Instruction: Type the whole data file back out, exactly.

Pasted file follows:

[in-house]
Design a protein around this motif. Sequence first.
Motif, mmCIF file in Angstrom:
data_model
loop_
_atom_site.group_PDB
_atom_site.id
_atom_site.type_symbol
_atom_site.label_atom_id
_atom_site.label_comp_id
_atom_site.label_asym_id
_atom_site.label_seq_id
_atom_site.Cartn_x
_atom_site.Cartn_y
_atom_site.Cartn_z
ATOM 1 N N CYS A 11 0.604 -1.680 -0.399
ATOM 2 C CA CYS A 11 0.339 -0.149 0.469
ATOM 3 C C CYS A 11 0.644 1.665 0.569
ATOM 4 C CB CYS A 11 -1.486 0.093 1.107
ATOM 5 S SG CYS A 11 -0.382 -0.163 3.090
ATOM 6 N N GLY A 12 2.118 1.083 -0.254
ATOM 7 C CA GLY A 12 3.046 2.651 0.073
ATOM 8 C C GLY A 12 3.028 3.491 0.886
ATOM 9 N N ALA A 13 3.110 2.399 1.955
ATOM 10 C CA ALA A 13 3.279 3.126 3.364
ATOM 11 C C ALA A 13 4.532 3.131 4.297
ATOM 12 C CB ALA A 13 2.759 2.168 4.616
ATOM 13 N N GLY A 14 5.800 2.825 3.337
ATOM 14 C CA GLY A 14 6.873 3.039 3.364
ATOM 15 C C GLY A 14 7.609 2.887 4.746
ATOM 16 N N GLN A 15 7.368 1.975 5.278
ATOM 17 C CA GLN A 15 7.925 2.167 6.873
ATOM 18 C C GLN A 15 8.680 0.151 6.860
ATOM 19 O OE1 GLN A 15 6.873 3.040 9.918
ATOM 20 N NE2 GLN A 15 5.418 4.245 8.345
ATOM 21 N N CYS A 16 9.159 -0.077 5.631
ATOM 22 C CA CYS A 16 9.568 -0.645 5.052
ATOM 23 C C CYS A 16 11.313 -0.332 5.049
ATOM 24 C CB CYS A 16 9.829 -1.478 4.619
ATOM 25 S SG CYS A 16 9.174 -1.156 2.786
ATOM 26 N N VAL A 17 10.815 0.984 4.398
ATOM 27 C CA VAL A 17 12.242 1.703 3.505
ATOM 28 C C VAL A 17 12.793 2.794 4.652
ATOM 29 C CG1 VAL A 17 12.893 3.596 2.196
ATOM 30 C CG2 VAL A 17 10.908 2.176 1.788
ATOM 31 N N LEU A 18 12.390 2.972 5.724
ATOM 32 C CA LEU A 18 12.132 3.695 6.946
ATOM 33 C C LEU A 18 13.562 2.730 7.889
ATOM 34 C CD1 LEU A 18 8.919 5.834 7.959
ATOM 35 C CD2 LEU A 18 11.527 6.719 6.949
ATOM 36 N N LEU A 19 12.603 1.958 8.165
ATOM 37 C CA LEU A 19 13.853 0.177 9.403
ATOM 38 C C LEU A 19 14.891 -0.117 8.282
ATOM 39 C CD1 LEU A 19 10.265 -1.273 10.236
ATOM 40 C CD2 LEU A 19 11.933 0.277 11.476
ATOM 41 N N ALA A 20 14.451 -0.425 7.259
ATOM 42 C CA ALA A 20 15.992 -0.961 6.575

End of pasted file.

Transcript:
[in-house]
Design a protein around this motif. Sequence first.
Motif, mmCIF file in Angstrom:
data_model
loop_
_atom_site.group_PDB
_atom_site.id
_atom_site.type_symbol
_atom_site.label_atom_id
_atom_site.label_comp_id
_atom_site.label_asym_id
_atom_site.label_seq_id
_atom_site.Cartn_x
_atom_site.Cartn_y
_atom_site.Cartn_z
ATOM 1 N N CYS A 11 0.604 -1.680 -0.399
ATOM 2 C CA CYS A 11 0.339 -0.149 0.469
ATOM 3 C C CYS A 11 0.644 1.665 0.569
ATOM 4 C CB CYS A 11 -1.486 0.093 1.107
ATOM 5 S SG CYS A 11 -0.382 -0.163 3.090
ATOM 6 N N GLY A 12 2.118 1.083 -0.254
ATOM 7 C CA GLY A 12 3.046 2.651 0.073
ATOM 8 C C GLY A 12 3.028 3.491 0.886
ATOM 9 N N ALA A 13 3.110 2.399 1.955
ATOM 10 C CA ALA A 13 3.279 3.126 3.364
ATOM 11 C C ALA A 13 4.532 3.131 4.297
ATOM 12 C CB ALA A 13 2.759 2.168 4.616
ATOM 13 N N GLY A 14 5.800 2.825 3.337
ATOM 14 C CA GLY A 14 6.873 3.039 3.364
ATOM 15 C C GLY A 14 7.609 2.887 4.746
ATOM 16 N N GLN A 15 7.368 1.975 5.278
ATOM 17 C CA GLN A 15 7.925 2.167 6.873
ATOM 18 C C GLN A 15 8.680 0.151 6.860
ATOM 19 O OE1 GLN A 15 6.873 3.040 9.918
ATOM 20 N NE2 GLN A 15 5.418 4.245 8.345
ATOM 21 N N CYS A 16 9.159 -0.077 5.631
ATOM 22 C CA CYS A 16 9.568 -0.645 5.052
ATOM 23 C C CYS A 16 11.313 -0.332 5.049
ATOM 24 C CB CYS A 16 9.829 -1.478 4.619
ATOM 25 S SG CYS A 16 9.174 -1.156 2.786
ATOM 26 N N VAL A 17 10.815 0.984 4.398
ATOM 27 C CA VAL A 17 12.242 1.703 3.505
ATOM 28 C C VAL A 17 12.793 2.794 4.652
ATOM 29 C CG1 VAL A 17 12.893 3.596 2.196
ATOM 30 C CG2 VAL A 17 10.908 2.176 1.788
ATOM 31 N N LEU A 18 12.390 2.972 5.724
ATOM 32 C CA LEU A 18 12.132 3.695 6.946
ATOM 33 C C LEU A 18 13.562 2.730 7.889
ATOM 34 C CD1 LEU A 18 8.919 5.834 7.959
ATOM 35 C CD2 LEU A 18 11.527 6.719 6.949
ATOM 36 N N LEU A 19 12.603 1.958 8.165
ATOM 37 C CA LEU A 19 13.853 0.177 9.403
ATOM 38 C C LEU A 19 14.891 -0.117 8.282
ATOM 39 C CD1 LEU A 19 10.265 -1.273 10.236
ATOM 40 C CD2 LEU A 19 11.933 0.277 11.476
ATOM 41 N N ALA A 20 14.451 -0.425 7.259
ATOM 42 C CA ALA A 20 15.992 -0.961 6.575